Can do, A Float or Floating AC power distribution method system simply means ITS NOT GROUNDED. By the way GREAT QUESTION
For example, in your household 120/240 Volt Single Phase Three Wire system that uses just one transformer (perhaps say 7200 or 9600 etc VAC down to 240 VAC) the center of that transformer is tapped, serves as the Neutral, and that point is tied to a #4 Bare Coper Wire that leads down the pole to MOTHER EARTH GROUND. Its a Grounded NOT floating system. Likewise at the main service entrance the Neutral is again tied to a Grounding Electrode via the GroundING Electrode Conductor # 4 bare copper wire.
LIKEWISE In a typical say 208 Y 120 Volt Three Phase Four Wire commercial system, the common tie point where each of the three transformers are all joined together, ALSO SERVES AS NEUTRAL AND IS ALSO TIED TO MOTHER EARTH GROUND (perhaps via a driven into the earth rod or rods or perhaps other suitable Grounding Electrodes), A GROUNDED (NOT Floating) System.
HOWEVER and as used a lot in the thirties through 60's, if three transformers are connected in a Delta configuration (usually 240 or 480 line to line) and theres no connection to earth ground (or any Grounding Electrodes), THEN THAT SYSTEM IS FLOATING. NOTE Im talkin a 240 or 480 Three Phase THREEEEEEEEEEEE Wire here, not 3 phase FOUR wire where (Red/High Leg system) one transformer is center tapped and that point is tied to a grounding electerode.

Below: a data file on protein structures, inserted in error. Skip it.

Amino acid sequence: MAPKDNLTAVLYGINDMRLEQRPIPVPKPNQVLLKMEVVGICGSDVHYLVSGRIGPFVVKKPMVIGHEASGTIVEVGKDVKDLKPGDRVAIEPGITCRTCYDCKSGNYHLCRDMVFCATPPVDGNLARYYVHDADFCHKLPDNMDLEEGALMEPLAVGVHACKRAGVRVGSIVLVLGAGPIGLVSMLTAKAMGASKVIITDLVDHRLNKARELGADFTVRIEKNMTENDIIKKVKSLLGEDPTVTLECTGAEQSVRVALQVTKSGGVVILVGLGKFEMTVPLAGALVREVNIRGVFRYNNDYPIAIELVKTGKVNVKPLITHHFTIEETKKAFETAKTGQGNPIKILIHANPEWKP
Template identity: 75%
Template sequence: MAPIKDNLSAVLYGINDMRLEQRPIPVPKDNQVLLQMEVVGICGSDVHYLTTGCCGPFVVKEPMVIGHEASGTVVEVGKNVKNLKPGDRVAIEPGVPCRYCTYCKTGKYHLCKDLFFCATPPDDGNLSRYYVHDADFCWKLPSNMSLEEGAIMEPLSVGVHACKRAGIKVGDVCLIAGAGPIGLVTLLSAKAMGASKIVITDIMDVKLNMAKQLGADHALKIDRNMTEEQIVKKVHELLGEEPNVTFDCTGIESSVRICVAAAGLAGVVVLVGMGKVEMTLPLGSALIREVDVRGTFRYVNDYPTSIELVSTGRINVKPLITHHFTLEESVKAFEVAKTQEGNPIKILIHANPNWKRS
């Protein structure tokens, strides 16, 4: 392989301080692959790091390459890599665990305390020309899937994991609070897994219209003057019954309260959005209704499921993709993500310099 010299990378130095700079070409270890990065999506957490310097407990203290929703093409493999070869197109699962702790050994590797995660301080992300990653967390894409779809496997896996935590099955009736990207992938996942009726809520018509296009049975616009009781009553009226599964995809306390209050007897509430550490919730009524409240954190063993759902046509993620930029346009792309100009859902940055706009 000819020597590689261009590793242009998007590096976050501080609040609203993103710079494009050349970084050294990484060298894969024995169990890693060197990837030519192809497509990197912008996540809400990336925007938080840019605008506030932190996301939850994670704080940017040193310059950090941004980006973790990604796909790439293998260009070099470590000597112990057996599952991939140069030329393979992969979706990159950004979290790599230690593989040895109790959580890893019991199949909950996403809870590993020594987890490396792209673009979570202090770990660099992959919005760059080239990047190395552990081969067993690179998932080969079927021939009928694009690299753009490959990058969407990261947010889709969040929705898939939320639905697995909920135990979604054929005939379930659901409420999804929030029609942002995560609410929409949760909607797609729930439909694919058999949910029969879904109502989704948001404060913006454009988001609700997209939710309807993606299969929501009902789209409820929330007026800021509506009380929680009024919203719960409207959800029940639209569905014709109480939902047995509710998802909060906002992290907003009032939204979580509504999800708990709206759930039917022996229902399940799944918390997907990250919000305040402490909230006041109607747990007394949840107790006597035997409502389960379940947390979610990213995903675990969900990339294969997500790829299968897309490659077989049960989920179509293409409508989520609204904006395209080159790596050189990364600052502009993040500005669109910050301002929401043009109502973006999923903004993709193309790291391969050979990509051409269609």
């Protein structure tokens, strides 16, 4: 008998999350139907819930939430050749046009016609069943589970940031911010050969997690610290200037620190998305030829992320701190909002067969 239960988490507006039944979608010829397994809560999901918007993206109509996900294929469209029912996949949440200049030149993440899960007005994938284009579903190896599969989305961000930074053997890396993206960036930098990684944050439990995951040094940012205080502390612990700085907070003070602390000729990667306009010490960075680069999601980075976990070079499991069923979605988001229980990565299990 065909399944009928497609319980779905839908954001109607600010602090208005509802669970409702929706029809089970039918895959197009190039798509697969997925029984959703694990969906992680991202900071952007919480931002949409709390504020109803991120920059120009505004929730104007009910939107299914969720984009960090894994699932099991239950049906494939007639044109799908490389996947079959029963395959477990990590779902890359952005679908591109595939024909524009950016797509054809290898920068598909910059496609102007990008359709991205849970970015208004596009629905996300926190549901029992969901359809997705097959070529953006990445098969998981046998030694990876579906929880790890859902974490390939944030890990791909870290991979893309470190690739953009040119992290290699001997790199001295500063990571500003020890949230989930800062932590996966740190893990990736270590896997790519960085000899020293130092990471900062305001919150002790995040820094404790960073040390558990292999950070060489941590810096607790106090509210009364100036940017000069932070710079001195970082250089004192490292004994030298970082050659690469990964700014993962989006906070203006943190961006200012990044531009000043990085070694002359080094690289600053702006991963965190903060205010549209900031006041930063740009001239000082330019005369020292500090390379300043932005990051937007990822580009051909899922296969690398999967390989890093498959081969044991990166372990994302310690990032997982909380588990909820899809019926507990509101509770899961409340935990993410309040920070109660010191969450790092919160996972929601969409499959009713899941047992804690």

So in theory if you ignored capacitive and inductive coupling you can be standing barefooted on the ground and touch any lead and not receive a shock since there shouldnt be any voltage with respect to mother earth ground in a floating system. Similar in a plant if one leg got shorted out to a machine or building steel or conduit etc the motor keeps running THATS A FLOATING SYSTEM
That help?? that what you were looking for??
Again GREAT QUESTIONS YALL Hope I helped and didnt confuse by use of my technical jargon, but thats sort of inbred after Purdue and 40 + years lol